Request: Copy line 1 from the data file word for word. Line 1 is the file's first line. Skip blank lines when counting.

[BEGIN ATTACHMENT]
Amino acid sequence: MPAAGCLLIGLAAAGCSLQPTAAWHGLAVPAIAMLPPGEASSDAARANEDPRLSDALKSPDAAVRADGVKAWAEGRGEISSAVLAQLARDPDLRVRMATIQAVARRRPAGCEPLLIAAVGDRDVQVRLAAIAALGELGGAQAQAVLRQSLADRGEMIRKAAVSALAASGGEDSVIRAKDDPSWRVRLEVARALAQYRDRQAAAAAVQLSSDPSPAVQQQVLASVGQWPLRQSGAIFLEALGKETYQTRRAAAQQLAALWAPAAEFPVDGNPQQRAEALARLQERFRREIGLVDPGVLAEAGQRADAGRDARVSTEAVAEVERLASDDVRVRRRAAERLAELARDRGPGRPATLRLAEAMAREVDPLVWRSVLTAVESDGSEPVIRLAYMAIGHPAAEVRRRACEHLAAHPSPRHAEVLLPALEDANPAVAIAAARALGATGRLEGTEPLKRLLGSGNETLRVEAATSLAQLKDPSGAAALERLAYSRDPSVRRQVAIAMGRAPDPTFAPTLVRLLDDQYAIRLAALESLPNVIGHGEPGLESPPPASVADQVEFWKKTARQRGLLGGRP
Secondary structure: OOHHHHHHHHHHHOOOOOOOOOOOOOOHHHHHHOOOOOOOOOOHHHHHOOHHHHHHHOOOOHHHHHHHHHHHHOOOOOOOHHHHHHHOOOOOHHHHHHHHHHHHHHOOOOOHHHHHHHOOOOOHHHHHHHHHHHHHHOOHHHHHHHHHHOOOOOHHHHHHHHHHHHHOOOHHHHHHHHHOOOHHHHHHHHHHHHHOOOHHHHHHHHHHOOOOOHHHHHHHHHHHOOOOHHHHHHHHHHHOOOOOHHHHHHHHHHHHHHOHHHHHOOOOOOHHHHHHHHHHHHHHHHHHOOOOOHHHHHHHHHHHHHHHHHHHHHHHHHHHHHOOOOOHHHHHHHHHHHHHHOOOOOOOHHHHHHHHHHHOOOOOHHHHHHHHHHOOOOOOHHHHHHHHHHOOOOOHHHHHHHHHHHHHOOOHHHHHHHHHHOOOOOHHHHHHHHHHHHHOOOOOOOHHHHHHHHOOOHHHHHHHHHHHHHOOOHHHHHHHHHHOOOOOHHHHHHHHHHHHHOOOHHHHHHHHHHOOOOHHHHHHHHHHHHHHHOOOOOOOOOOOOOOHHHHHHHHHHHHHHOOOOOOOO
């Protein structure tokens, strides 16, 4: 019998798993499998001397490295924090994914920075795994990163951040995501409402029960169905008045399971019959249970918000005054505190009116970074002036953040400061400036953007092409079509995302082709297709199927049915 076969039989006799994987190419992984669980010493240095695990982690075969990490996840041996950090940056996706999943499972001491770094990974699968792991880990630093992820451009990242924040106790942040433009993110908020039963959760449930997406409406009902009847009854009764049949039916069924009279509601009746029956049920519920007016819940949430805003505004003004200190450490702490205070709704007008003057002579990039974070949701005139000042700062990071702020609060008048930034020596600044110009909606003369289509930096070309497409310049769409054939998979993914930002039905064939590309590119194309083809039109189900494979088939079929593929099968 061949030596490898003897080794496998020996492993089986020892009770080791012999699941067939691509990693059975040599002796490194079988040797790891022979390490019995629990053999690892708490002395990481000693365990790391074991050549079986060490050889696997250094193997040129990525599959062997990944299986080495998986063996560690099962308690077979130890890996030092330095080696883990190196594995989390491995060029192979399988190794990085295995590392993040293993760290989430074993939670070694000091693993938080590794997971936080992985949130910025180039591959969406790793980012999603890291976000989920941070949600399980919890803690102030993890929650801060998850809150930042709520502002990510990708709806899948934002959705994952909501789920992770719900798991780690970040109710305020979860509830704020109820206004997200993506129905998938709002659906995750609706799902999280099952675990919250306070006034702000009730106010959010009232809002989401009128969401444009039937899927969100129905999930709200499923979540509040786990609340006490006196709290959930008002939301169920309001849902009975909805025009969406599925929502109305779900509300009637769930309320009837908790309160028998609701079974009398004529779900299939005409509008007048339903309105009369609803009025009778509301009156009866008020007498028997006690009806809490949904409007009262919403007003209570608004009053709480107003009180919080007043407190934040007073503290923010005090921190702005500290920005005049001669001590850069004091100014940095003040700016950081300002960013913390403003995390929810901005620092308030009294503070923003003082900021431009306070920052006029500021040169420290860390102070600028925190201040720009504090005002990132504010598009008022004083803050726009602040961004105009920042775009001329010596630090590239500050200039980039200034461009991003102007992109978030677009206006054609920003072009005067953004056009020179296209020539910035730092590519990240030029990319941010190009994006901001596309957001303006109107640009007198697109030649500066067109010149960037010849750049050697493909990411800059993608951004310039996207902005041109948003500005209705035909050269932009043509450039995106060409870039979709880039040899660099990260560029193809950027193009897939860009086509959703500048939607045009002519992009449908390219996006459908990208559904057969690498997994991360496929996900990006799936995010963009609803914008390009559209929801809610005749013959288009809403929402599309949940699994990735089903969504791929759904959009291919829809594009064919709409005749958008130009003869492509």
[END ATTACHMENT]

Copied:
Amino acid sequence: MPAAGCLLIGLAAAGCSLQPTAAWHGLAVPAIAMLPPGEASSDAARANEDPRLSDALKSPDAAVRADGVKAWAEGRGEISSAVLAQLARDPDLRVRMATIQAVARRRPAGCEPLLIAAVGDRDVQVRLAAIAALGELGGAQAQAVLRQSLADRGEMIRKAAVSALAASGGEDSVIRAKDDPSWRVRLEVARALAQYRDRQAAAAAVQLSSDPSPAVQQQVLASVGQWPLRQSGAIFLEALGKETYQTRRAAAQQLAALWAPAAEFPVDGNPQQRAEALARLQERFRREIGLVDPGVLAEAGQRADAGRDARVSTEAVAEVERLASDDVRVRRRAAERLAELARDRGPGRPATLRLAEAMAREVDPLVWRSVLTAVESDGSEPVIRLAYMAIGHPAAEVRRRACEHLAAHPSPRHAEVLLPALEDANPAVAIAAARALGATGRLEGTEPLKRLLGSGNETLRVEAATSLAQLKDPSGAAALERLAYSRDPSVRRQVAIAMGRAPDPTFAPTLVRLLDDQYAIRLAALESLPNVIGHGEPGLESPPPASVADQVEFWKKTARQRGLLGGRP